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The Sports Daily > The Bolts Blog
L.A. Chargers: Philip River’s Legacy on the Line
CINCINNATI, OH – JANUARY 05: Quarterback Philip Rivers #17 of the San Diego Chargers celebrates against the Cincinnati Bengals in a Wild Card Playoff game at Paul Brown Stadium on January 5, 2014 in Cincinnati, Ohio.The San Diego Chargers defeated the Cincinnati Bengals 27-10. (Photo by Rob Carr/Getty Images)

Philip Rivers needs a Super Bowl ring, period.

The window is closing fast for the wily, side-armed, slinger. At 35, there will only be so many more chances for the future HOF inductee to beat the odds, bring home a championship, and solidify his NFL legacy.

For the greatest quarterback in franchise history whose number the organization is certain to retire one day, a Super Bowl ring would be the perfect capstone and a fitting end to a truly, brilliant career. Conversely, failing to make at least one trip to the podium in February cements his legacy as perhaps only the third best quarterback of his draft class and no better than (arguably) seventh best of his era.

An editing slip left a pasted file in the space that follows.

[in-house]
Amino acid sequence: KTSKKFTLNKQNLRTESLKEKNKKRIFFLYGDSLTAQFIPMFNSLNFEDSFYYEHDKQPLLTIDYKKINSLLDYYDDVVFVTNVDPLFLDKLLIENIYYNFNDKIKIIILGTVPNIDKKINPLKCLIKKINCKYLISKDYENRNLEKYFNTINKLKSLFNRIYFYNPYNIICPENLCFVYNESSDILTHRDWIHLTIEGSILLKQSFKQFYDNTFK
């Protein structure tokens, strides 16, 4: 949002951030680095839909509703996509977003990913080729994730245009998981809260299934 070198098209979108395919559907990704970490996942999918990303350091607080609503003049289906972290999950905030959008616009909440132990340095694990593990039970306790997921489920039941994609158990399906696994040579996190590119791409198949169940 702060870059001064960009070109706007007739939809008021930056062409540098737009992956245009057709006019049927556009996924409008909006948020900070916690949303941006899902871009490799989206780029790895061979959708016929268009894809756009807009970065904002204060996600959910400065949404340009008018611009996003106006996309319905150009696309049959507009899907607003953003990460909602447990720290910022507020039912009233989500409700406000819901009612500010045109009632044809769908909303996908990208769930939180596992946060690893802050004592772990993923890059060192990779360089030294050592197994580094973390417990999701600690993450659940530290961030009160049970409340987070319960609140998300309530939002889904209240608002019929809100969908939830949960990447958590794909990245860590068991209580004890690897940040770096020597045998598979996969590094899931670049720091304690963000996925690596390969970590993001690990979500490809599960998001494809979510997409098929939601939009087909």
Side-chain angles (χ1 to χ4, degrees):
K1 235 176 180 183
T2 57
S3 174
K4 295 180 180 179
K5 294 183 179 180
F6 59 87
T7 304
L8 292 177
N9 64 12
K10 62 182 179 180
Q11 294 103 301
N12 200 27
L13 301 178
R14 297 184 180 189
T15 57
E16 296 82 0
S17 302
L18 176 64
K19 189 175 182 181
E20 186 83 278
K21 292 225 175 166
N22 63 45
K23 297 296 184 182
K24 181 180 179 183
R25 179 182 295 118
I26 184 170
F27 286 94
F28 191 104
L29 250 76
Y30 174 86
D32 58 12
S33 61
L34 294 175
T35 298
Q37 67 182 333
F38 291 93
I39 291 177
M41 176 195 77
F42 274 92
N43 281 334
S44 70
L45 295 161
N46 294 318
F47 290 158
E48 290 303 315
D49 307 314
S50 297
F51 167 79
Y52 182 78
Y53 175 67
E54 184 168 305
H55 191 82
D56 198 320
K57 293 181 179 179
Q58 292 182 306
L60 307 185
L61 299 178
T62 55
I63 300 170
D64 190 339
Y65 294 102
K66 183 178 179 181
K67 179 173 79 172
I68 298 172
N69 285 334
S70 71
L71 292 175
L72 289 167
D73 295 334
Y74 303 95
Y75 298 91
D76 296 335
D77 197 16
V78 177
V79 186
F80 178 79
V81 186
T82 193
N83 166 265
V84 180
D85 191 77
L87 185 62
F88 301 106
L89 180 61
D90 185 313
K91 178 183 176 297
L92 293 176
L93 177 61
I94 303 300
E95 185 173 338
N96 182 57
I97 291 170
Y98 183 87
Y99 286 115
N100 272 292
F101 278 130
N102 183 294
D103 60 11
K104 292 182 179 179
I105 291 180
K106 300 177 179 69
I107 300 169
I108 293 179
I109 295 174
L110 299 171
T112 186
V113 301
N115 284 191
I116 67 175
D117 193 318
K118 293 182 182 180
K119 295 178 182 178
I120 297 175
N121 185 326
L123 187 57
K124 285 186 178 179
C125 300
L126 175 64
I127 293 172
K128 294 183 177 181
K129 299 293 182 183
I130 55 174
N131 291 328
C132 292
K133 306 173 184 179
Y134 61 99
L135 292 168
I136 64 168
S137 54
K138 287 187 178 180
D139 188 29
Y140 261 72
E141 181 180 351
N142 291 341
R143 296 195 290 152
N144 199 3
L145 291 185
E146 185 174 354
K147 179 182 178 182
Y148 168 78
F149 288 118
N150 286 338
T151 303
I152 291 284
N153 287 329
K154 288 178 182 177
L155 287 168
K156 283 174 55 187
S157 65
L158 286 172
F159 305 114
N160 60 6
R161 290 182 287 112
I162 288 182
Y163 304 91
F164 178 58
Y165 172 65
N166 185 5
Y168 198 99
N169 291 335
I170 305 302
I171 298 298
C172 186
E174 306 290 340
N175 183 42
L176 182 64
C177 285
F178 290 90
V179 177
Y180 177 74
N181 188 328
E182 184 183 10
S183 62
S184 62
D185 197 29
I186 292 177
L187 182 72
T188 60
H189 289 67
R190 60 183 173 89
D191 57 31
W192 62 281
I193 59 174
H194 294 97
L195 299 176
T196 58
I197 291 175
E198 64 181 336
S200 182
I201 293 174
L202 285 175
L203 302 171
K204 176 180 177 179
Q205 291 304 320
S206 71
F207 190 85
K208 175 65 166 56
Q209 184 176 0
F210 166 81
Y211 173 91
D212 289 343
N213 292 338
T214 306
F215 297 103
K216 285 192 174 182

Though he’d be in great company, along with the likes of Dan Fouts, Dan Marino and others, without a ring Rivers will forever be relegated to the second-tier of great quarterbacks who fell short of greatness. There’s a strong contingent of die-hard fans that could die happy if only they could witness Rivers hoist that Lombardi trophy, amidst a deluge of champagne showers, camera flashes, cheers, and congratulations.

No one deserves it more. He’s done everything you could ask of him except one, of course. Since taking over for Drew Brees he hasn’t missed a regular season start. After LaDainian Tomlinson left, Rivers was often the only hope the Chargers had of success on Sunday. A man of exceptional character, he’s been the ideal teammate and has consistently represented the organization with dignity and respect.

Playing in the Brady/Manning – era has helped skew fan perception. No one is suggesting that Rivers belongs in that category, not even Rivers. He’s also not been shy about acknowledging that he’s failed to match the accomplishments of draft-mates Ben and Eli.  If he were to win a ring, though, that would change things.

Rivers makes no excuses though he could certainly lay claim to his fair share.  The list is long. Terrible front-office decisions to extend inept leadership stands out most, perhaps. The decline of the offensive line, special teams, lack of a consistent running game, and an overall void in leadership has proven too much to overcome thus far. With a consistently dominant rushing attack, led by LT, Rivers was the epitome of efficiency and effectiveness.

Any progress the new coaching staff makes towards those ends represents Rivers’ last chance at greatness before the window closes for good.

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